Government and Economies in the Postwar World: Economic Policies and Comparative Performance, 1945-85

By Andrew Graham; Anthony Seldon | Go to book overview

Chapter three

The United Kingdom

Alec Cairncross

Introduction

The United Kingdom emerged from the Second World War in what seemed, in comparison with most of her continental neighbours, to be a relatively favourable position. In 1946 industrial production was as high as at any time before the war and rising quite fast. By the end of the year exports had regained their pre-war level. There was little unemployment and retail prices were relatively stable. All this contrasted strongly with the situation in France, Germany, and Italy.

Yet appearances were deceptive. The British economy was overloaded from the start and faced with acute balance of payments difficulties. From being an investor in foreign securities on an unprecedented scale, with nearly one-third of her wealth overseas, the United Kingdom had become the largest external debtor in history. The net change on capital account during the war had amounted to $20 billion and was equal to the amount that the USSR sought in reparations from Germany. It completely offset the net addition to domestic assets since 1914, leaving the country no richer than thirty years earlier.

Since most of the debts contracted in wartime were short term, they represented a continuing overhang of liquid liabilities with damaging consequences in postwar years in the form of an abundance of sterling not in firm hands and threatening a flight from the pound. This limited the freedom of action of the government and contributed to that jerkiness of postwar growth that came to be labelled 'stop-go'. The loss of income from foreign investments and shipping earnings, which had paid for 35 per cent of prewar imports, also added to Britain's balance of payments difficulties, and these were intensified by a sharp rise in the cost of imports in relation to the prices obtained for exports and by a large continuing outflow on military account as the United Kingdom undertook world-wide defence responsibilities in highly unsettled conditions.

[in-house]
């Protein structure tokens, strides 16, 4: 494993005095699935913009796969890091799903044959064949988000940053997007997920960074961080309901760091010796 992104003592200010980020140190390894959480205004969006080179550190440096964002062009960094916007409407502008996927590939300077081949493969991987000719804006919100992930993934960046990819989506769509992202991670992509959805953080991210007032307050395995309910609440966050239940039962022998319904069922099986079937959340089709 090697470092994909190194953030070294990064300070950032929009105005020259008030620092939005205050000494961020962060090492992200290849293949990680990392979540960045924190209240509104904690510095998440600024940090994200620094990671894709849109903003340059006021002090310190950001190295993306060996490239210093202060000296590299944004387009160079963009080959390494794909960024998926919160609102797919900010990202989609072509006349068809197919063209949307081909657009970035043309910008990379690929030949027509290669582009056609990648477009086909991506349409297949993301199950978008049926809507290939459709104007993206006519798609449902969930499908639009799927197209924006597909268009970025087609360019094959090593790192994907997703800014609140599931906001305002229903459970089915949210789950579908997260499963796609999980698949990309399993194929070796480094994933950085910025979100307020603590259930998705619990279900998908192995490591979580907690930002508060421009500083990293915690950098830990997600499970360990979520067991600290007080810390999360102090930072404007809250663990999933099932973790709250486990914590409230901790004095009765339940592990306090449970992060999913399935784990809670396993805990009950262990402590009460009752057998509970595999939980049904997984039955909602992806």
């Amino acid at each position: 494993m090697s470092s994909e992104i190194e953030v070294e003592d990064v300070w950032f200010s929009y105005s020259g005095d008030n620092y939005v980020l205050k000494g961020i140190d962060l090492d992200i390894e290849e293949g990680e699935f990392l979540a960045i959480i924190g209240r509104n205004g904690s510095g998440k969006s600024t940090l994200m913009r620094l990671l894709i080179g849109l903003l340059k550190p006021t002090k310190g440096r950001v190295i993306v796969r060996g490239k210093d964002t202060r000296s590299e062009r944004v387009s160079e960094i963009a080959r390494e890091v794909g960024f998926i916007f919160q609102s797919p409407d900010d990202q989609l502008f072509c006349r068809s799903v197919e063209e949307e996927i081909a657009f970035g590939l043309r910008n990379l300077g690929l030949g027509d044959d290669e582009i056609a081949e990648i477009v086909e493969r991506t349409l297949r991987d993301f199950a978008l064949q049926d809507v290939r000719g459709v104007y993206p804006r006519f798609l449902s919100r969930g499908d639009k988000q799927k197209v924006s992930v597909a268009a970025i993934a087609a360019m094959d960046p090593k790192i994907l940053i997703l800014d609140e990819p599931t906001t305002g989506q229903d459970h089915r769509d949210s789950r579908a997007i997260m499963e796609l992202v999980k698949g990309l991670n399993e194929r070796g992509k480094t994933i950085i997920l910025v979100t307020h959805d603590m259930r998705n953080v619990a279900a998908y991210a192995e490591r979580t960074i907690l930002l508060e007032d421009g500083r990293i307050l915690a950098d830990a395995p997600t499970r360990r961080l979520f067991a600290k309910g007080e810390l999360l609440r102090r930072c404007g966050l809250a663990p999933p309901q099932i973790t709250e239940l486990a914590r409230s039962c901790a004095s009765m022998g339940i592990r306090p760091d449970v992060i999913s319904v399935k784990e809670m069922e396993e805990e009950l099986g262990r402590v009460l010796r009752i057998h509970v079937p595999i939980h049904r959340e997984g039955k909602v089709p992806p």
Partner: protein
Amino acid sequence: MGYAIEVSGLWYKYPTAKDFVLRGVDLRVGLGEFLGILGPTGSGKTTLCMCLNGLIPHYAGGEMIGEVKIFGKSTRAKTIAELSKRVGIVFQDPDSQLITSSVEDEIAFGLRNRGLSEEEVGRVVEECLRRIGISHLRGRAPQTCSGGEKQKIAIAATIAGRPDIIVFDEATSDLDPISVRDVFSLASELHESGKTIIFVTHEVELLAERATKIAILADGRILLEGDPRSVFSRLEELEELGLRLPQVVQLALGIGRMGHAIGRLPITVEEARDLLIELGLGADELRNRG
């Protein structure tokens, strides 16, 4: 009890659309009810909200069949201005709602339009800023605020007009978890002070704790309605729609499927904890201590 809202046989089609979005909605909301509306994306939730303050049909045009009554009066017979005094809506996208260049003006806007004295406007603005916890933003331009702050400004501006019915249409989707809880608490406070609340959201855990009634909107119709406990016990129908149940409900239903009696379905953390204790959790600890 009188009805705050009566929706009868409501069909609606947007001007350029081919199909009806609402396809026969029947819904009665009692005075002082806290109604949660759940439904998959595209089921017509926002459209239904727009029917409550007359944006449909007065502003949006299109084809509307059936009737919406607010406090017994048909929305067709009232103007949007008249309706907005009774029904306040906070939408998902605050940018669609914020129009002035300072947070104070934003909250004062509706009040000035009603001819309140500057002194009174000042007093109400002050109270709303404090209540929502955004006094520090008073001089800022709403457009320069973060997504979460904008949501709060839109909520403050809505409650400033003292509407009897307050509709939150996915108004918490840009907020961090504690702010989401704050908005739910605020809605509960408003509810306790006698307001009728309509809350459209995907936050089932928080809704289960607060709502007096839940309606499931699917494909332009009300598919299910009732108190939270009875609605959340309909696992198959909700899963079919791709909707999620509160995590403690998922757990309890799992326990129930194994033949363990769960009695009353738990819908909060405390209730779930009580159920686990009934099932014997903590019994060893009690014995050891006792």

The weakness of the postwar balance of payments had three important consequences for policy-makers. It was difficult to reconcile with the effort

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Government and Economies in the Postwar World: Economic Policies and Comparative Performance, 1945-85
Table of contents

Table of contents

  • Title Page iii
  • Contents v
  • Acknowledgements ix
  • Figures x
  • Tables xi
  • Chapter One - Introduction 1
  • Part I 7
  • Chapter Two - The International Environment 9
  • Chapter Three - The United Kingdom 30
  • Chapter Four - France 54
  • Chapter Five - West Germany 79
  • Chapter Six - Italy 104
  • Chapter Seven - Spain 125
  • Guide to Further Reading 153
  • Chapter Eight - Scandinavia 154
  • Chapter Nine - Eastern Europe 179
  • Chapter Ten - The Soviet Union 205
  • Chapter Eleven - The United States 225
  • Guide to Further Reading 252
  • Chapter Twelve - Japan 253
  • Part II 271
  • Chapter Thirteen - Comparative Economic Performance of the Oecd Countries, 1950-87: a Summary of the Evidence 273
  • References 283
  • Chapter Fourteen - Benefits of Backwardness and Costs of Continuity 284
  • References 293
  • Chapter Fifteen - Economic Policies and Traditions 294
  • References 302
  • Chapter Sixteen - The Meaning of Hard Work 303
  • References 313
  • Chapter Seventeen - Political Institutions and Economic Performance 315
  • References 322
  • Index 323
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